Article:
Come Out and Play

There comes a time in our lives when we all have to make decisions. Those decisions may be kept in our private sense, but there is nothing better than the freedom from all the crisis that we keep within ourselves. Before you continue reading, I want you to ask yourselves: What is your gender identity? What is your sexual orientation?

Now, before we go to the major point of this entry, let me get one thing straight, I am not.

Our sexual orientation, whether we are homo, hetero, bi, or none of those options, is our truth. It is something that we must not deny to ourselves, especially if it is something that really affects the way we handle things. It is something that the society or anybody in this world could never take away from us.

Most of you, without a doubt, fear the world outside of the closet. It is true that once you make a decision, you do not always get a second chance, so you have to find a way to make the right ones as best as you can. Indeed, a lot of thinking and consideration has to be made before you open that door, and make your way out of the closet.

Life outside the closet, for some, may be as miserable as the life inside the closet. But imagine the difference you can make for yourself if you’re not alone when it comes to facing the misery. Inside the closet, you’re alone. Outside the closet, you have a partner, a friend, a family member, or someone who is going through the same thing who would understand, and help you get through it.

Based on my experience and observations, people who are out are happier than those who are in denial. Denial is indeed a phase. It is the most crucial and saddest phase because people, including some of your friends, will talk about you and your denial behind your back. Some people are afraid to ask, but they already might know, and there’s a chance that they would rather let you be, than make you feel uncomfortable talking about it.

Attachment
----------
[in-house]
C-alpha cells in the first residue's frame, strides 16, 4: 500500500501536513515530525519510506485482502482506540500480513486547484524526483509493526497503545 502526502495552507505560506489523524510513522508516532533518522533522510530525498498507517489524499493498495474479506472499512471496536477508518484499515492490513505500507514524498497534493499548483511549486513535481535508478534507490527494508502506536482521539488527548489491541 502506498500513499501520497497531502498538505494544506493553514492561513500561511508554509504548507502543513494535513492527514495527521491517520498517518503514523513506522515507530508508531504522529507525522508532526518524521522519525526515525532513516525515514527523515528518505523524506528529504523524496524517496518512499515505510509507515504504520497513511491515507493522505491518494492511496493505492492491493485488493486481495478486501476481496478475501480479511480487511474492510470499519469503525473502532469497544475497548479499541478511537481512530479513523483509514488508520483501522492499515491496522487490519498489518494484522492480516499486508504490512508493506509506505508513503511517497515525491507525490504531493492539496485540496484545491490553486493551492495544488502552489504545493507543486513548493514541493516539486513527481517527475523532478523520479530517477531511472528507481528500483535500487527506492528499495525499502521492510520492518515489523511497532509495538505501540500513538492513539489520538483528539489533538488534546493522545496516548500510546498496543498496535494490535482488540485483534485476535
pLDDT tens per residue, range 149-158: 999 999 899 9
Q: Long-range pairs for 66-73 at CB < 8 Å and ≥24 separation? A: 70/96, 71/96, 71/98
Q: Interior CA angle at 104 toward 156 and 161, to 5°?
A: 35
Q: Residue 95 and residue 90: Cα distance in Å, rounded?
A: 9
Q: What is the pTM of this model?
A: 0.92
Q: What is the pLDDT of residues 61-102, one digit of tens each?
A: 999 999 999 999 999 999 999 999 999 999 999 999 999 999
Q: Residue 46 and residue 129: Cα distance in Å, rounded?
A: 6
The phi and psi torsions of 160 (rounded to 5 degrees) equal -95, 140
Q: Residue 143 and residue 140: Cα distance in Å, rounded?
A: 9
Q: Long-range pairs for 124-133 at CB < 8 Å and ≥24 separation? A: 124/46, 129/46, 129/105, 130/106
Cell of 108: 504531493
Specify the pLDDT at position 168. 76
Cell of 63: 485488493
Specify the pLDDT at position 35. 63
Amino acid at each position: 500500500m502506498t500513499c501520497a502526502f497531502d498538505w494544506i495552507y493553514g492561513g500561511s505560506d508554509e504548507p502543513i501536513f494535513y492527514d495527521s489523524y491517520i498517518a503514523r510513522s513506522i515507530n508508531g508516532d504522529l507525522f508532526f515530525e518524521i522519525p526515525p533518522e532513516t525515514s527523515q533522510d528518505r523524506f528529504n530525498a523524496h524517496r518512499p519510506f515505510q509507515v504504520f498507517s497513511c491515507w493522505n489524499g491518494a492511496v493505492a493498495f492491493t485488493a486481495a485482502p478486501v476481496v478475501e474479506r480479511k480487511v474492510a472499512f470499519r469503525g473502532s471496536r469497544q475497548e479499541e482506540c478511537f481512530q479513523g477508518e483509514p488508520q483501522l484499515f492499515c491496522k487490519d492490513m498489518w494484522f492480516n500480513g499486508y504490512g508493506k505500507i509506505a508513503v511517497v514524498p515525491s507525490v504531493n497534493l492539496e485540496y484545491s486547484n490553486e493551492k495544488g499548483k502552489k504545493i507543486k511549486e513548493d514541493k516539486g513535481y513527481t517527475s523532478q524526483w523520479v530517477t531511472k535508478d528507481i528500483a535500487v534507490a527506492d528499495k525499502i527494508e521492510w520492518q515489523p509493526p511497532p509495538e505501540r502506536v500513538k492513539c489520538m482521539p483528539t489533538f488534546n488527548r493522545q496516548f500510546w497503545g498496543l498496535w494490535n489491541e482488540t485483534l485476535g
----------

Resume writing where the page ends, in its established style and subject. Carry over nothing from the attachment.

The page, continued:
Denial is something that would either make you miserable for the rest of your life, or make you realize the pain of it, and give you an epiphany. I’m not saying that denial is a bad thing, but it is important to know that denial is way different from being confused. People in denial know what they want, but won’t admit it, while confused people do not know what they want to be, and who they really want.

Bisexuals are considered confused by most. They’re not. Bisexuals are called bisexuals for a reason; they are attracted to both men and women, and they are sure about their attraction to both. Bisexuals are usually criticized for this, and they shouldn’t be, especially by homosexuals, because just like us, they are just also expressing their sexuality.

Some people would roll their eyes on people who come out because they think that we’re making a big deal out of it. Well, for us, it is a big deal. It something that most of us are afraid to do, and to have the courage to actually do it is a really big deal.

Life may not be all about sexuality, but coming to terms with your own is going to help you live a happier life. It is not about how people treat you just because of it; it is about how and why you live life for yourself, and the people around you.

To the people who don’t have to come out of the closet for their sexuality, supporting their rights does not make you gay, and condemning their lifestyle is not going to take you anywhere.

Life inside the closet is dark, constrained, and sorrowful. Step out of yours and have a brave, proud, genuine life.

This is a rewritten version of an Opinion article I wrote in 2013 for our university magazine, The Pioneer’s Gigit.

Every Monday, I’ll be posting write-ups and opinion about issues that will tickle your fancy. Got any questions or any issues that you want me to write about? Click here.

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